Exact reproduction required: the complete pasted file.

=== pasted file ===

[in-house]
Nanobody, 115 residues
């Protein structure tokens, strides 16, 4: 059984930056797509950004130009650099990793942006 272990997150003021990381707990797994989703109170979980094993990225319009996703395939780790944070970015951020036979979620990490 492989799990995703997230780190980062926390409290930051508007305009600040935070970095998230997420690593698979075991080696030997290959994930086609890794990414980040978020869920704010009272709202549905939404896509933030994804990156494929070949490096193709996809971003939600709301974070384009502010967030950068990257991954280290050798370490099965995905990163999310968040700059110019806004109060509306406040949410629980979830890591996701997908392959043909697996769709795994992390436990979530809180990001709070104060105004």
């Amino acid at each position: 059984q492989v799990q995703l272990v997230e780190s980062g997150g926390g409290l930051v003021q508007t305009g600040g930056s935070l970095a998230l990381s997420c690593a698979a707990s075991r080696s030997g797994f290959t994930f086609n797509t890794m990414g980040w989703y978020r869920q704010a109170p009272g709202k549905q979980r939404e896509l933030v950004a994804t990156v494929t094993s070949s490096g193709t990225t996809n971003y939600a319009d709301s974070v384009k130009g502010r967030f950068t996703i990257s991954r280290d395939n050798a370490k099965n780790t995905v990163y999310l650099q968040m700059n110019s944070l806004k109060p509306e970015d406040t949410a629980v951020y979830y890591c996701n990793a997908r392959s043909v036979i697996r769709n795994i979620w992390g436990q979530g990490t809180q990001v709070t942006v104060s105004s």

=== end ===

[in-house]
Nanobody, 115 residues
């Protein structure tokens, strides 16, 4: 059984930056797509950004130009650099990793942006 272990997150003021990381707990797994989703109170979980094993990225319009996703395939780790944070970015951020036979979620990490 492989799990995703997230780190980062926390409290930051508007305009600040935070970095998230997420690593698979075991080696030997290959994930086609890794990414980040978020869920704010009272709202549905939404896509933030994804990156494929070949490096193709996809971003939600709301974070384009502010967030950068990257991954280290050798370490099965995905990163999310968040700059110019806004109060509306406040949410629980979830890591996701997908392959043909697996769709795994992390436990979530809180990001709070104060105004």
């Amino acid at each position: 059984q492989v799990q995703l272990v997230e780190s980062g997150g926390g409290l930051v003021q508007t305009g600040g930056s935070l970095a998230l990381s997420c690593a698979a707990s075991r080696s030997g797994f290959t994930f086609n797509t890794m990414g980040w989703y978020r869920q704010a109170p009272g709202k549905q979980r939404e896509l933030v950004a994804t990156v494929t094993s070949s490096g193709t990225t996809n971003y939600a319009d709301s974070v384009k130009g502010r967030f950068t996703i990257s991954r280290d395939n050798a370490k099965n780790t995905v990163y999310l650099q968040m700059n110019s944070l806004k109060p509306e970015d406040t949410a629980v951020y979830y890591c996701n990793a997908r392959s043909v036979i697996r769709n795994i979620w992390g436990q979530g990490t809180q990001v709070t942006v104060s105004s």